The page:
Data Recovery from an Erased HFS or HFS+ Disk

Apple computers running Mac OS X use the Apple's proprietary HFS/HFS+ file system. Windows systems cannot read or write to HFS/HFS+ disks without third party software. Linux systems can read from HFS disks, but they cannot write to them. For internal system disks used on a Mac, the file system will always be either APFS or HFS/HFS+. Likewise, if you have an external disk that is only used for Apple computers, it's highly likely that it is an HFS or HFS+ device.

This article will demonstrate how to use R-Studio to recover data from an HFS or HFS+ disk that has been erased and formatted again as an HFS+ device.

Before We Begin
Before we proceed further, make sure that you are going to recover files from a disk with an erased HFS/HFS+ partition. If you need to recover data from other disks, see our other articles:

Your disk must be in good physical condition. If not, a professional physical data recovery service is highly recommended. Any tampering with a disk with serious hardware malfunctions may actually worsen your chances of recovering the data from such disk, as that will very likely inflict more damage to your data beyond recovery, even by a data recovery specialist.

Signs that a disk has a physical failure include:

  • The system does not recognize the device at all, or it appears with an unusual or garbled name.
  • A S.M.A.R.T. (Self-Monitoring, Analysis and Reporting Technology) utility warns that a severe hardware failure event has occurred. R-Studio can check S.M.A.R.T. conditions of your disk, and we explain how to do that below.
  • The hard drive makes unusual noises, clicks, or takes a very long time to spin up and initialize.
  • Bad blocks continually appear on the drive.

And one last reminder...
Never write anything onto the disk with lost files! The new data will overwrite your old files rendering them irrecoverable.

Test Disk Setup: Initial Folder Structure and Files on the Drive
For our test disk, we set up a drive with a number of different file types in various folders.

Documents:

  • Archives: .zip files created in WinZip
  • PDFs: .pdf files created in Adobe Acrobat
  • Microsoft Office: .doc and .docx files created in Word; .xls and .xlsx files created in Excel
  • OpenOffice: .odt and .docx files created in Writer; .ods and .xlsx files created in Calc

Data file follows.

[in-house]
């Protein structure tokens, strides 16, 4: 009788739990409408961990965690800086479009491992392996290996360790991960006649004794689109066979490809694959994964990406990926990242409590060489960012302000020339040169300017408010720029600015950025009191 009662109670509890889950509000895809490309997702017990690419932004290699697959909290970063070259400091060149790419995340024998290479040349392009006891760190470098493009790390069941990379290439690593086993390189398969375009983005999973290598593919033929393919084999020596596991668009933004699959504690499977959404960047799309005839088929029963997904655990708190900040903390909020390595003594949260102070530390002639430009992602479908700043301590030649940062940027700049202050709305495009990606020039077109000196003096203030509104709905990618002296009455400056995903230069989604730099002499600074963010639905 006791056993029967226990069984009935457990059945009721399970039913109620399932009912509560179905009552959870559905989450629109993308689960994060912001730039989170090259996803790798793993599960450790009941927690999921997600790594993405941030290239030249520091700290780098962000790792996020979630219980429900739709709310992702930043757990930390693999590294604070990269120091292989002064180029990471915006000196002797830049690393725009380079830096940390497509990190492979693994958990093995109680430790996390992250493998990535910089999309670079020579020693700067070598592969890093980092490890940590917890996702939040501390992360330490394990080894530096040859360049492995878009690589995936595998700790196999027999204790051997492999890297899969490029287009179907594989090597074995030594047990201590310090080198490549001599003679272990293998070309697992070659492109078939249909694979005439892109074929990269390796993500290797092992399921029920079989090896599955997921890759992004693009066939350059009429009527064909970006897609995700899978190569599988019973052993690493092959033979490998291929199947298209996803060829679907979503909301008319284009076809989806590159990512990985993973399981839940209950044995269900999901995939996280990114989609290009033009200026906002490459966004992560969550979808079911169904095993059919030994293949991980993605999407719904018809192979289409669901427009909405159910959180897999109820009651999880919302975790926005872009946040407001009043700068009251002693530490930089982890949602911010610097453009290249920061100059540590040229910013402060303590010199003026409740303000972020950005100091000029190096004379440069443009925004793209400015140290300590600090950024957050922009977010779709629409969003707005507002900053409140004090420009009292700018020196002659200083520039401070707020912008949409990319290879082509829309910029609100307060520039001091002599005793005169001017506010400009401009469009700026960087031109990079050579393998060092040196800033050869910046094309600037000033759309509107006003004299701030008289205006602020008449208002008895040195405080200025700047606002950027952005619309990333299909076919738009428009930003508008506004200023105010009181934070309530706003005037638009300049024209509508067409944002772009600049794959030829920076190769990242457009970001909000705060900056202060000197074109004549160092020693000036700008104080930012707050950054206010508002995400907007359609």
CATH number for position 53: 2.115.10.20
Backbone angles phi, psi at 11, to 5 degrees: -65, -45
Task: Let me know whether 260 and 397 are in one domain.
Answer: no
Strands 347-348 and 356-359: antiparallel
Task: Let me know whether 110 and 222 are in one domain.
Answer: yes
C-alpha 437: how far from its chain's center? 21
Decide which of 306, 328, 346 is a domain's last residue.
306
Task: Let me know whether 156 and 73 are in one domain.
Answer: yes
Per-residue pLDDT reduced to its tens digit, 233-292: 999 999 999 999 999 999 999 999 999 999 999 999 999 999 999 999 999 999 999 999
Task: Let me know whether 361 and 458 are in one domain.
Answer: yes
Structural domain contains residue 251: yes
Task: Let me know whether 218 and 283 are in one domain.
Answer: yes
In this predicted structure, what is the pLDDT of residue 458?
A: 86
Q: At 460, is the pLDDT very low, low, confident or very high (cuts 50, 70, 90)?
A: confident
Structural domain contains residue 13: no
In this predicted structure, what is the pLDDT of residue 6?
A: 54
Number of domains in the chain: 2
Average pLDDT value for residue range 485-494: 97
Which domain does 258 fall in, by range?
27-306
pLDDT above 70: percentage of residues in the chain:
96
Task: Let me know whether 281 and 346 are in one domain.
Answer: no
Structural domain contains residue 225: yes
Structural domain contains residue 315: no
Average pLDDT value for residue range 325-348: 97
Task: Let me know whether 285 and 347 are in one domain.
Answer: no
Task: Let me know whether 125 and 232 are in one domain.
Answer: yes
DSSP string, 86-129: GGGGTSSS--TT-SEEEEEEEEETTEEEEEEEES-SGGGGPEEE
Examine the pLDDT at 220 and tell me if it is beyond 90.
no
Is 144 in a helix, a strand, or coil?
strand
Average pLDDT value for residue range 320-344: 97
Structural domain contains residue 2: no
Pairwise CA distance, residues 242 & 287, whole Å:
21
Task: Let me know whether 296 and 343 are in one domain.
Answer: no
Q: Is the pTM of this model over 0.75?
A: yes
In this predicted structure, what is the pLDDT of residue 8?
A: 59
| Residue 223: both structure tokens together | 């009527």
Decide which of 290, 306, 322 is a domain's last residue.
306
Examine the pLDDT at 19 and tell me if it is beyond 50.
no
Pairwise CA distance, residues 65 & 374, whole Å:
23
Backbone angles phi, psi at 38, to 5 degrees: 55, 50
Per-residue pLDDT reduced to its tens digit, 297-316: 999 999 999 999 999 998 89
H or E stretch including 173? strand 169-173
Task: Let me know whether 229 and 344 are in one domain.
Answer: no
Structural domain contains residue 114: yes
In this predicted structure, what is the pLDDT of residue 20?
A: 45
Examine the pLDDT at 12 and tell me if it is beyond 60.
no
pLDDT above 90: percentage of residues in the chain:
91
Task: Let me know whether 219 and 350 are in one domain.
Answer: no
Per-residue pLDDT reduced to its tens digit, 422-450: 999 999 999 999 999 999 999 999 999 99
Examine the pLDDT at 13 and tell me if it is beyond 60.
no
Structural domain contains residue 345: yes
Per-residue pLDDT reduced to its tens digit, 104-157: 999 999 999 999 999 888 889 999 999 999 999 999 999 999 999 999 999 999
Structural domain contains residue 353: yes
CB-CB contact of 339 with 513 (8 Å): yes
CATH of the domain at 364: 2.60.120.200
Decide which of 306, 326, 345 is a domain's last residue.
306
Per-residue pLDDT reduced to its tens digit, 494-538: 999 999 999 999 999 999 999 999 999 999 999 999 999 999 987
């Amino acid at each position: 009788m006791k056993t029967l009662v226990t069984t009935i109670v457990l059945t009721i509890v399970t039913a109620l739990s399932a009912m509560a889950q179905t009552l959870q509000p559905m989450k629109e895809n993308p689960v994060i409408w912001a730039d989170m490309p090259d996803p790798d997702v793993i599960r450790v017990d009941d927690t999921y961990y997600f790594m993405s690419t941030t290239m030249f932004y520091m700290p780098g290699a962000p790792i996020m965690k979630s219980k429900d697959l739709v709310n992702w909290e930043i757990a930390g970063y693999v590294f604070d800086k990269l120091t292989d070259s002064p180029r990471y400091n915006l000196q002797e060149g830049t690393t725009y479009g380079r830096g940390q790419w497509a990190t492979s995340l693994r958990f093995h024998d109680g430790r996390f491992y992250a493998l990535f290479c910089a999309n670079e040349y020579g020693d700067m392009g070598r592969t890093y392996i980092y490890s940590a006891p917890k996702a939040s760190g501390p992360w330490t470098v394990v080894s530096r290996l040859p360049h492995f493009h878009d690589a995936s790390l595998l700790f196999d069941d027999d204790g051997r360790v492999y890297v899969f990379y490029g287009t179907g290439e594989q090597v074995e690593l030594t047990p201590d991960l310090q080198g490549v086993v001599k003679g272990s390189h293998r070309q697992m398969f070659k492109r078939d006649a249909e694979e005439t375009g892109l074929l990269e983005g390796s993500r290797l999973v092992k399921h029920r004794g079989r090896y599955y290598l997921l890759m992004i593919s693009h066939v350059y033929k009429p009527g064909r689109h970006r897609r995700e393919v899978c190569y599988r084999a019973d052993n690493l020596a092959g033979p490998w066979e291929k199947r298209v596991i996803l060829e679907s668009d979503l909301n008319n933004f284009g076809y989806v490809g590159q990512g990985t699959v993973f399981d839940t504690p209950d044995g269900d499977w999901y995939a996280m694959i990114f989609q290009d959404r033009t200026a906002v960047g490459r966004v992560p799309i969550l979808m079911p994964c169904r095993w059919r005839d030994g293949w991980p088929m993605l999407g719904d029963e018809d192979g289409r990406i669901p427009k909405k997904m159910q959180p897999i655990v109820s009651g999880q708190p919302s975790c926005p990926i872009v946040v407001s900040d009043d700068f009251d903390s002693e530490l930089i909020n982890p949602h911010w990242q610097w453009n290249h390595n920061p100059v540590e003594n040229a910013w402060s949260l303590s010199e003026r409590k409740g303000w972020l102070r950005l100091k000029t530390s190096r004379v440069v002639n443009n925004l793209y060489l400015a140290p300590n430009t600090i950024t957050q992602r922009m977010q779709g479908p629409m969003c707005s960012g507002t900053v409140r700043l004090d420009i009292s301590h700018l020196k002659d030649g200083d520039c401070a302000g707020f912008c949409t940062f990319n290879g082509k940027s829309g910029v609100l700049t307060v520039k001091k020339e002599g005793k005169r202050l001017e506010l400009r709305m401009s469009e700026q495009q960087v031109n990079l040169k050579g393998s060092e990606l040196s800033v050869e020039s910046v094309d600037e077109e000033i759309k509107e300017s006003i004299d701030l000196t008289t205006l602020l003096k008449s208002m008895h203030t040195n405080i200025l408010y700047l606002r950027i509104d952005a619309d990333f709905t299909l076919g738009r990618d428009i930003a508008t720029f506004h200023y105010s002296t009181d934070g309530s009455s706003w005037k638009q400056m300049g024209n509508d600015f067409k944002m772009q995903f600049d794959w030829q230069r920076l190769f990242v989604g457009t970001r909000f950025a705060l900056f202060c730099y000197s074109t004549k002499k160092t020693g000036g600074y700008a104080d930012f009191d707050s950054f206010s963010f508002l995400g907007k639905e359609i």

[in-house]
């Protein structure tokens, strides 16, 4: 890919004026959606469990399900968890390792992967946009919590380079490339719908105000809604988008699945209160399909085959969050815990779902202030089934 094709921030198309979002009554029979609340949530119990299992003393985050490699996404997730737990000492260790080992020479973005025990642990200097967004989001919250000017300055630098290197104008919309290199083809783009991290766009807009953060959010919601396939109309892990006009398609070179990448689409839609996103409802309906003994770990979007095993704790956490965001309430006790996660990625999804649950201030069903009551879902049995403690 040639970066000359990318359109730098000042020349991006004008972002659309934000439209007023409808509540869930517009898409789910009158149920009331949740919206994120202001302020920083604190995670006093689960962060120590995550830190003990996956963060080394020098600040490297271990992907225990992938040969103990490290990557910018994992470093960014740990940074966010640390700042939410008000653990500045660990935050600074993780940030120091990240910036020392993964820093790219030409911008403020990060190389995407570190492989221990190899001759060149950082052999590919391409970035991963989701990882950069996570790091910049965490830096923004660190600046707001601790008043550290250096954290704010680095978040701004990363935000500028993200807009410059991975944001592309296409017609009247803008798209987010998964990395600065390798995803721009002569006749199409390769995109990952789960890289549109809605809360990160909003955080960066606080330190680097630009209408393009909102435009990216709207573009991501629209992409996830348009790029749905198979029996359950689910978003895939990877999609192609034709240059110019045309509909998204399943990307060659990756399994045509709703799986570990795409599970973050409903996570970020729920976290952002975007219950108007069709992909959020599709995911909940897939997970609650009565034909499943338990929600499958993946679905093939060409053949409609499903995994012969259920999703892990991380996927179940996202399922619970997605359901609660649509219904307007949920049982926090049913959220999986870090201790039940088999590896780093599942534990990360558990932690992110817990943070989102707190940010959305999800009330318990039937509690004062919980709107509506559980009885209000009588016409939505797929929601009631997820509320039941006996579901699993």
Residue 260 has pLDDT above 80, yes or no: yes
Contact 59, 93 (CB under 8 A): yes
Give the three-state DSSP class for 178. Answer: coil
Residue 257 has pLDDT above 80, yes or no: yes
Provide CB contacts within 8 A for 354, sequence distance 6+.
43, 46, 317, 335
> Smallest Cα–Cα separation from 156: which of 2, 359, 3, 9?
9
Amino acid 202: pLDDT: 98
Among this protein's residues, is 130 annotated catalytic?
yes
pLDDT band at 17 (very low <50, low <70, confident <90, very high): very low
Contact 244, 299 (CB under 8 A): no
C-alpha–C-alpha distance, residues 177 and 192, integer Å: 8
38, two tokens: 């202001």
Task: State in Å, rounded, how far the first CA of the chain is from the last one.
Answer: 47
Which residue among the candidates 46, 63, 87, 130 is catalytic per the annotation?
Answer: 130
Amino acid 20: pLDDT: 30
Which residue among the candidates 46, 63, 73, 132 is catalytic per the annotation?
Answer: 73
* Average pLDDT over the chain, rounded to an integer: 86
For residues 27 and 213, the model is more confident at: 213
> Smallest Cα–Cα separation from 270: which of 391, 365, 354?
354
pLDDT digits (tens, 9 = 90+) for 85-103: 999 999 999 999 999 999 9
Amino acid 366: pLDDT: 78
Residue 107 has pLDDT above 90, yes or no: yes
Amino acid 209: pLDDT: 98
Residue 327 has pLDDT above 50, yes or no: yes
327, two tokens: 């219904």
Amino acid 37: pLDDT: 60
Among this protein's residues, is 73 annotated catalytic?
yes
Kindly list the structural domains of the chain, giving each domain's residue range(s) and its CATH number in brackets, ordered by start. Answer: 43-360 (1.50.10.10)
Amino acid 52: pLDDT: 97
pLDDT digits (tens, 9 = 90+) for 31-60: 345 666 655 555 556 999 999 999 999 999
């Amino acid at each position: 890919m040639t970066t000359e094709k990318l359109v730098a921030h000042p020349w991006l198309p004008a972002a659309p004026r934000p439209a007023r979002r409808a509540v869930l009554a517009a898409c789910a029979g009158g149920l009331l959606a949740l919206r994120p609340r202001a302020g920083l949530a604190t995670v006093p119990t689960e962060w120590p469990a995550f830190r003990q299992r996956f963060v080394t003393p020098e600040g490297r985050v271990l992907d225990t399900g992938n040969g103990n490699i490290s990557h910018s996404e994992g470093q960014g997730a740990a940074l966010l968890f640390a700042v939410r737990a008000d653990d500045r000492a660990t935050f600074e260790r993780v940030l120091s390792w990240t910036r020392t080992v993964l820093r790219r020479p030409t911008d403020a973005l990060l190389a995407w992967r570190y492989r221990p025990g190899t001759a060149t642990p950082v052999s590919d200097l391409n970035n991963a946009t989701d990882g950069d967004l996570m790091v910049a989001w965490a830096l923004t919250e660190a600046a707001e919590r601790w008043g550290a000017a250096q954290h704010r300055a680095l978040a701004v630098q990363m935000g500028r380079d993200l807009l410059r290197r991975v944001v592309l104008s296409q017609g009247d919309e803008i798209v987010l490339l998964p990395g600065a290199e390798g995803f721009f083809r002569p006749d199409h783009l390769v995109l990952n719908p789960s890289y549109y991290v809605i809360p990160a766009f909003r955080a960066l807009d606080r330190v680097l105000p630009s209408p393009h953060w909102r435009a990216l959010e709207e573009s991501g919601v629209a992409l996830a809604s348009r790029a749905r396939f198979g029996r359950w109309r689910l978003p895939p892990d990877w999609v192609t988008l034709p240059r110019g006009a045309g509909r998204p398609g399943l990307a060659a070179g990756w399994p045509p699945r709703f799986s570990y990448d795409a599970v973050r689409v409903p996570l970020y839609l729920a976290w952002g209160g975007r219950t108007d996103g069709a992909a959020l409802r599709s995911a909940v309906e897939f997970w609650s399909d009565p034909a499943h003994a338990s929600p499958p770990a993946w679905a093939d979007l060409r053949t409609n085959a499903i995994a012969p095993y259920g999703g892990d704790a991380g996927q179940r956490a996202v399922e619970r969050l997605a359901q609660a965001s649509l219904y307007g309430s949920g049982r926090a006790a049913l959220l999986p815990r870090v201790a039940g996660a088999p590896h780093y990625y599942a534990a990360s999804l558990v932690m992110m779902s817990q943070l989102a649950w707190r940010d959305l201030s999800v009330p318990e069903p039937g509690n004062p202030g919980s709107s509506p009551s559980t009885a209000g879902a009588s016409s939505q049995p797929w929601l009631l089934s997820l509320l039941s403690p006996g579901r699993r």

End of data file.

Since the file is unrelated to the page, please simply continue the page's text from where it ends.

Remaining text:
Multimedia:

  • Music: .mp3 files
  • Pictures: .jpg and .png files
  • Video: .avi, .flv, .m4v, .mov, .mp4, .mpeg, .mts, and .mkv files.

The root folder of the test disk is shown in Fig. 1.
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Fig.1: Files on the disk (root folder)
Click image to enlarge

The disk was erased using the Disk Utility in the macOS. Now Mac's Finder shows no files on it.

Data recovery process
Preliminary preparation:

We'll use computer's system disk to store recovered files. If you don't have enough space on yours to keep all recovered files, you may use an external disk or network drive. Do not try to save the files on the disk where the lost files resided, or you may lose them for good.

Download and install R-Studio. At this point, you don't have to immediately buy or register the program. It will run in its demo mode and perform all the necessary data recovery operations except saving the recovered files. This will allow you to estimate chances for successful data recovery. If you decide that R-Studio is worth buying you may do so and register it on-the-fly without re-installing or restarting.

Note: Our article will show the Mac version of R-Studio to illustrate the data recovery process, but this procedure will be the same for the Linux and Windows versions, except that the panels and other controls will look differently.

1. Connect the disk to the computer where R-Studio has been installed.

Tip: Use the fastest interface available to connect the disk, especially if the disk is very large. The fastest interface in Macs is Thunderbolt, followed by eSATA, USB 3.0, and FireWire. Common USB 2.0 may be too slow for large disks.

2. Start R-Studio and locate the erased disk and the disk to store the recovered files.
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Fig.2: The erased disk in R-Studio main panel
Click image to enlarge

When we need to check the S.M.A.R.T. attributes for the erased disk:

  • If the health status is CAUTION, there may be minor problems with the disk, but it should be safe to use the disk for data recovery purposes. The problems are likely to worsen, so check the S.M.A.R.T. parameters periodically to ensure that the health status hasn't gone to BAD. Creating an image of the disk is recommended, but this will require additional storage space.
  • If the health status is BAD, the disk conditions are critical and chances of hardware failure are high. The best recommendation for this case is to stop working with the disk and bring it to professional data recovery specialists. You may continue to work with the disk at your own risk, but disk imaging is very strongly recommended.

If the S.M.A.R.T. attributes of the disk are OK, we may start the data recovery.

3. Select the erased disk and click the Scan button. The Scan dialog box will appear.